Pegasus spyware targets three Bahraini activists: Amnesty report
Three activists in Bahrain were the latest confirmed targets of invasive Israeli digital surveillance, a report by Amnesty International has revealed on Friday.
A lawyer, an online journalist and a mental health counsellor, all of whom have publicly criticised the Bahraini authorities, had their personal devices targeted by Pegasus spyware between June and September 2021, the report said.
"The state can hack into your device and gain access to all of your personal information, work information, financial information, emails, and personal and family photos," said Mohamed al-Tajer, a lawyer known for representing the families of torture victims in Bahraini detention.
"After all of the years of my career as a lawyer, there was nothing I could have done to protect myself from a zero-click hack," al-Tajer said.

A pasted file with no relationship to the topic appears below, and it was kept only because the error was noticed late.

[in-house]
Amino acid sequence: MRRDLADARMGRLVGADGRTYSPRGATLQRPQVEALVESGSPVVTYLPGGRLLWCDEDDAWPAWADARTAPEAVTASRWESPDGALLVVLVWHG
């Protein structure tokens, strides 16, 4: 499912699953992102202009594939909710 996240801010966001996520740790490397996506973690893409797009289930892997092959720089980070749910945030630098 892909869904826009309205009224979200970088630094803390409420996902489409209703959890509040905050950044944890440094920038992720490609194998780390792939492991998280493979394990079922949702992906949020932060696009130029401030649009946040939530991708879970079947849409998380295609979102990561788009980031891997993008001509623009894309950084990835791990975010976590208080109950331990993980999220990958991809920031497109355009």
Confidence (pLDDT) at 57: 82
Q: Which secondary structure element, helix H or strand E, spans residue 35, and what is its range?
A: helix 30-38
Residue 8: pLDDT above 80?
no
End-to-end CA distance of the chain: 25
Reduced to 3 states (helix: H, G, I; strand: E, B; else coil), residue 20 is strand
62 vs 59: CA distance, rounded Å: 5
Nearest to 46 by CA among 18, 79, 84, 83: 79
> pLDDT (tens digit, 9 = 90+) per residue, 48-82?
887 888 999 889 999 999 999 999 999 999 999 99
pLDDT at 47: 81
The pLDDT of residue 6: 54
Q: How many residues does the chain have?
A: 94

The other spyware victims were Sharifa Swar, who published allegations on Instagram that the Bahraini ministry of health was complicit in drug trafficking, and an online journalist who requested anonymity - fearing further reprisals and threats.
Pegasus attracts global attention
Friday's report marked the latest discovery in a sustained wave of digital attacks on individuals and organisations across the Middle East and beyond, all using the Pegasus spyware developed by Israeli ‘hacker-for-hire’ firm NSO group.
In January, the spyware was reportedly used against the director of Human Rights Watch’s Beirut office Lama Fakih, whose activities oversee crisis response in several countries across Asia.
And more recently, Pegasus was reportedly used to surveillance a UN investigator in Yemen, to spy on opposition politicians in Jordan and was employed by the Israeli police to monitor its own citizens.
Pegasus spyware grants full access to a person's phone, including photos, emails and real-time communications.
The targeted person does not have to take any action, such as clicking a link, and would not be able to detect the breach without a sophisticated technical analysis.
NSO Group does not disclose its clients' list but says it has "safeguards" in place to ensure its products were only used to target suspected "criminals and terrorists" - and only supplies governments, rather than private organisations.